My father knew all this.

"Bailey Island University," he joked over the table at Easter dinner one year.

"You ain't graduated yet," Uncle Glenn scoffed. "How many years you got left?"

"All of 'em," my dad replied.

"Till death do you part," Uncle Glenn said, alongside me.

The more strings we haul, the further the sun crawls across the sky. I know it's near noontime when the sun's at its highest. We've found a sweet spot and the lobsters are abundant. They're cool to the touch, coming off the bottom. That's how I always think of them. Not boiling hot or with blistered red shells. To me, lobsters are always the temperature of the ocean.

My playlist circles around and repeats, Oasis reappearing on the iPod's small screen.

I think you're the same as me
We see things they'll never see

The sun is fully out now, unhindered by clouds, warming my jeans and prompting me to take off my jacket. The rise and fall of the swells are constant, relentless in their mission to obstruct a steady horizon. The ocean's rhythm is different this far offshore, affecting me today from the inside out. I've never been seasick before, but I start to wonder if this time it's going to be different. I remember hearing that Uncle Glenn gets motion sickness and sometimes even wears a Sea.Band to prevent it, but I'm not convinced that's true. After all, he hauls almost every day in the summer and fall. Lobstering and seasickness can't coexist. Why would both traits be passed down?

"Not feeling well?" Dad asks, as though he can read my mind.

"No," I shake my head. The first time I vomited, at least that I remember, was during my very first sleepover, at Brook Vail's house. I woke in the middle of the night and threw up right on the sleeping bag. But all the times I've been on the water, I've never been seasick.

I shed my stained gloves and slip down into the hold of the boat. If I'm going to heave, it's not going to be in plain sight of Dad and Kevin. There are no buckets available and all I can find for a suitable alternative is a worn out plastic bag. Down below, the rocking of the boat is exaggerated. I feel my throat constrict and take a deep breath as I crouch down and puke. Only liquid comes out, the small amount collecting in the bag. I don't feel cured, exactly, but when it doesn't seem like I'll get sick again, I head up.

When I emerge, Dad doesn't seem to know what happened and I'm not going to announce it. Embarrassment races through me and I'm surprised they can't read it on my face. Even my iPod provides little comfort now. I sit in the plastic porch chair at my station with a slightly sour taste in my mouth, sweating from the sun and waiting to see the bottom of the last bait tray. I look down at my boots. They're far too large for my feet. I feel queasy but it's not seasickness now. It's the same way I felt sometimes at school when people were talking about Martha's Vineyard or their favorite restaurant on Newbury Street. The sensation of being physically present, but out of place. It makes me unhappy to feel that here.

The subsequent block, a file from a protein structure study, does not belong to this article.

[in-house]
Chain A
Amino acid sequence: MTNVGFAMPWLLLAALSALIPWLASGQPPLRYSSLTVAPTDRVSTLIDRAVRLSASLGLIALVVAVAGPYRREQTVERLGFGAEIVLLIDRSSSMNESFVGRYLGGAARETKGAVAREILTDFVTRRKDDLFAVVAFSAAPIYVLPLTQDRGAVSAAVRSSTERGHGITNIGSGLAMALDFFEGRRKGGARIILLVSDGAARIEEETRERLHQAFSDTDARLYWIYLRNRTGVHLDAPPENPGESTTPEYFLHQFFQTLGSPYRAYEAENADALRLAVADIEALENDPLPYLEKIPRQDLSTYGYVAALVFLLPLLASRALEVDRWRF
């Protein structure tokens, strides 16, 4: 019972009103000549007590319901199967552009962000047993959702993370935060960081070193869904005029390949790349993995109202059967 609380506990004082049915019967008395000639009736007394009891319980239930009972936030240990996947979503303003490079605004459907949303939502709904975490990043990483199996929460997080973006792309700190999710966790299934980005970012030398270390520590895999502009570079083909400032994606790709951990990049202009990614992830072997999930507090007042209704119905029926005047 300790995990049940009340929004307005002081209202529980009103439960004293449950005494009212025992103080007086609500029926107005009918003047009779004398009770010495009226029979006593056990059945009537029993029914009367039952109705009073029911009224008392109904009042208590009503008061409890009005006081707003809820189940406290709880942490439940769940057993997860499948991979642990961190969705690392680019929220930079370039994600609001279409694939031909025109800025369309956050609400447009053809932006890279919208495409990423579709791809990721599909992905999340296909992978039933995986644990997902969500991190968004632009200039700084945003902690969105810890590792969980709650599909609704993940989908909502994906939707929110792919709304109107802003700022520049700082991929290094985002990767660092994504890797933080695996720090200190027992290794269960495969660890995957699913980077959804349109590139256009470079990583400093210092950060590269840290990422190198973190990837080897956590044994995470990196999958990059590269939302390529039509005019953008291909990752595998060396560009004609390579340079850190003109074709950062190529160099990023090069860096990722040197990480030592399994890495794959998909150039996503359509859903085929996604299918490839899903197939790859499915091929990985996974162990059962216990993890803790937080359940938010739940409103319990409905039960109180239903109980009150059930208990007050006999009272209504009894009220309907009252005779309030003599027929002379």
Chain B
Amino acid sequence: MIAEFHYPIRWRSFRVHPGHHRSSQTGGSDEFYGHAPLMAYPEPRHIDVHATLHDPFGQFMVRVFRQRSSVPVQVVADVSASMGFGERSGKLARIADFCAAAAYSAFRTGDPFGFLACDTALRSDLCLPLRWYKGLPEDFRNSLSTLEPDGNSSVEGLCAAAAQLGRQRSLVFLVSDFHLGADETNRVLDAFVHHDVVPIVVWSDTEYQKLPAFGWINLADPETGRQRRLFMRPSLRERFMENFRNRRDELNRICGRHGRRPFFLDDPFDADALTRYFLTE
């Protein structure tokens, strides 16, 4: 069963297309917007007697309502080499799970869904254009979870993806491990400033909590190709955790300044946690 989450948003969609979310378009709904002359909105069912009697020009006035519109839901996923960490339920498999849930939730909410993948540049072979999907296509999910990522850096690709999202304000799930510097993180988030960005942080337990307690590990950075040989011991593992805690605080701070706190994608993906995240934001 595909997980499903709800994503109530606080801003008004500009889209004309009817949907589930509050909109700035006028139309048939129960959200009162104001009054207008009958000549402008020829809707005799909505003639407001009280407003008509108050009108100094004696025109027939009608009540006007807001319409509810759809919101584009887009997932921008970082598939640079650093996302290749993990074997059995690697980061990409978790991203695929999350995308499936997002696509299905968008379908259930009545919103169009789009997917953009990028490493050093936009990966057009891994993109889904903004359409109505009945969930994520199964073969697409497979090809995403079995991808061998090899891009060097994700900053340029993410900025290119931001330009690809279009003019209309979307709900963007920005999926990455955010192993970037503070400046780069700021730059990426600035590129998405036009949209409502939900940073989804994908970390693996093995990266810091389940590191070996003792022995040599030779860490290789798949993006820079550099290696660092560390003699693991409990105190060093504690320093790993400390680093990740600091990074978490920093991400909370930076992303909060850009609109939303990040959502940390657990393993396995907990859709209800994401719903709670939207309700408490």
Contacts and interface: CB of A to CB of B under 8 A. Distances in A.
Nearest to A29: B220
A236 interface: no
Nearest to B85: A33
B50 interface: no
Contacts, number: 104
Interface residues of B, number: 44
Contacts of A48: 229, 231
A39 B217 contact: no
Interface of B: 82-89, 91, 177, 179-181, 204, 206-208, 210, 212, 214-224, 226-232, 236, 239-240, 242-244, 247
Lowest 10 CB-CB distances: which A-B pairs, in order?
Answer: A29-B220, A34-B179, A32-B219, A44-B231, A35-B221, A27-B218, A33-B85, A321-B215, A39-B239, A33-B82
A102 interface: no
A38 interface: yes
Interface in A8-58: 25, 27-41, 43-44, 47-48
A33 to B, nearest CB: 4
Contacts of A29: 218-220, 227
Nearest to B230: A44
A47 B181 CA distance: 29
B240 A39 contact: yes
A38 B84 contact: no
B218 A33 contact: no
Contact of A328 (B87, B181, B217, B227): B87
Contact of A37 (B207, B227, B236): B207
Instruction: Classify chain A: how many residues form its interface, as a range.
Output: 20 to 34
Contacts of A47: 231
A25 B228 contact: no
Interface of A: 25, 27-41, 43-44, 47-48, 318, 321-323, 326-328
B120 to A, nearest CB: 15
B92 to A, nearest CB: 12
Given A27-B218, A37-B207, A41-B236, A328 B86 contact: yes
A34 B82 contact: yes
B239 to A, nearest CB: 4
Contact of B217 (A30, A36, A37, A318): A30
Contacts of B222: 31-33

I pick up a lobster from the small pile that needs banding. I grab it with my left hand, pincher and crusher claw secured together in front of the lobster. With my right hand, I squeeze the bander's handles to stretch the thick rubber band on the tool wide enough to fit around one of the front claws. It only takes several seconds to band both. I've had to show a few tourists how to do it, highlanders that Dad took for a ride as a favor to somebody. The hardest part for tourists is picking up the lobster. They're worried they'll get bitten, or are startled when the lobster flaps its tail in an effort to escape. A couple minutes always pass before they manage to band both claws. I tell them that Dad thinks it's a good day when my hand is sore from banding, which is true.

Today, we keep hauling until the bait is used up. When the final string of traps is perched on the stern of the boat, ready to be pushed back into the water, I go over and stand by Dad at the wheel.

"Long day, huh, kiddo?"

I nod in agreement, leaning against his shoulder. I turn to watch as the first trap of the string slips into the sea. The others follow suit, eight in total, one after another. There's a moment on initial impact when each trap almost seems to hesitate, floating near the surface of the water as though it's uncertain whether or not to go under. Then it slowly starts to sink, descending towards the bottom, settling like it knows what it's meant to do. •